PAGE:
The developer of proxy software designed to defeat Web
filters is offering Internet users $10 to install and run
his application, as a way to raise its profile.
Independent developer Bennett Haselton, creator of the Circumventor
proxy software, announced late Thursday that he would
pay the money to people who install Circumventor, send him
the URL of the proxy and keep it running for at least a
week. Haselton promotes Circumventor as a way for young
people to defeat Web-filtering software at schools and
libraries, but also as a tool for people living in countries
that filter Web content.
We'll distribute the [proxy] URLs to people who need
them, such as people serving in the U.S. military overseas
(where Internet connections are censored to limit access to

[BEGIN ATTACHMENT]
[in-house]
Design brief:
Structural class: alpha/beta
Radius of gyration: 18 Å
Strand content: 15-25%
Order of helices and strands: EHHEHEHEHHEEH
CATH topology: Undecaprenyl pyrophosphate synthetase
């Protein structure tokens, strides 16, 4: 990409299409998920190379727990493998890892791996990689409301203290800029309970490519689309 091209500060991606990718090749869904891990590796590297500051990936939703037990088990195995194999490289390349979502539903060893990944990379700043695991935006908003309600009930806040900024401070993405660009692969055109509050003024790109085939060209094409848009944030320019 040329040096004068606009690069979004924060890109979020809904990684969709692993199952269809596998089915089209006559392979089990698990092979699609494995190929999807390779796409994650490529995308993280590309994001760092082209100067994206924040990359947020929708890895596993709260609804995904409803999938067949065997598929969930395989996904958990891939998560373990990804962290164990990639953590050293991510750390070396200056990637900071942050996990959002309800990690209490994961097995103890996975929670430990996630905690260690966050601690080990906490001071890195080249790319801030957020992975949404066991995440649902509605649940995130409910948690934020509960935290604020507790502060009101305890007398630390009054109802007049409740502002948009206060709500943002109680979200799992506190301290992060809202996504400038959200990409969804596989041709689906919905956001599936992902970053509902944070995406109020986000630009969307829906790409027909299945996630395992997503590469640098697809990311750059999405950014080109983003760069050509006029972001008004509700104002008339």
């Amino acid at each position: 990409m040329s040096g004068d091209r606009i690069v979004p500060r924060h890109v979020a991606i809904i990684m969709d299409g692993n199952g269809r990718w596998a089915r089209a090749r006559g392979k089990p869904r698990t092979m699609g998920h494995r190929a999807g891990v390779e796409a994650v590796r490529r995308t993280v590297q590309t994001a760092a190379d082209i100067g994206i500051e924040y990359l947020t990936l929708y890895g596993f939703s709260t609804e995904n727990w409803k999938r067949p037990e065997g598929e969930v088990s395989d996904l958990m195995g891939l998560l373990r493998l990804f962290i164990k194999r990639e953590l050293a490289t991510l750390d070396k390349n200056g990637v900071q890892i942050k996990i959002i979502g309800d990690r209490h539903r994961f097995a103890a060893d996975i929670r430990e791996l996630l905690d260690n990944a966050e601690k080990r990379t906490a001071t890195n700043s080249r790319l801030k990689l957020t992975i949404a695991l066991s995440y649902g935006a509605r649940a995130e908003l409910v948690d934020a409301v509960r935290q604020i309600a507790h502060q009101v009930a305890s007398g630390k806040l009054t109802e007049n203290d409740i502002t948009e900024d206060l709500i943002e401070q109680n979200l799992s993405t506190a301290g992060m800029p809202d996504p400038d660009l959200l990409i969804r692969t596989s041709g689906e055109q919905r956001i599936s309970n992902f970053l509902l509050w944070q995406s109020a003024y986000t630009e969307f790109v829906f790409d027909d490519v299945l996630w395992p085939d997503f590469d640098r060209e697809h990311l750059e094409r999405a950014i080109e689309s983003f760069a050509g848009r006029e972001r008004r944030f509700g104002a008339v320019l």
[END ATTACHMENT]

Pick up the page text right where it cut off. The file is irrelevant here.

sites such as MySpace), and victims of totalitarian
dictatorships such as China, North Korea, and high school,
he wrote on his Peacefire.org
The U.S. House of Representatives vote in late July to
approve the Deleting Online Predators Act, which would
require many U.S. schools and libraries to block social
networking sites such as MySpace, prompted Haselton to make
the offer, he said in an e-mail.
Haselton will distribute the new proxy URLs on the
Circumventor e-mail list, which has about 20,000
subscribers, he said. Paying $10 per computer is "a lot
cheaper than paying for a dedicated Web host," he added.
Haselton said he hopes the $10 offer will give
Circumventor an advantage over Web-filtering software
vendors: It may help turn the tide in the cat-and-mouse game
between anticensorship server operators setting up new
Circumventor sites, and blocking software companies trying
to catch up and block them.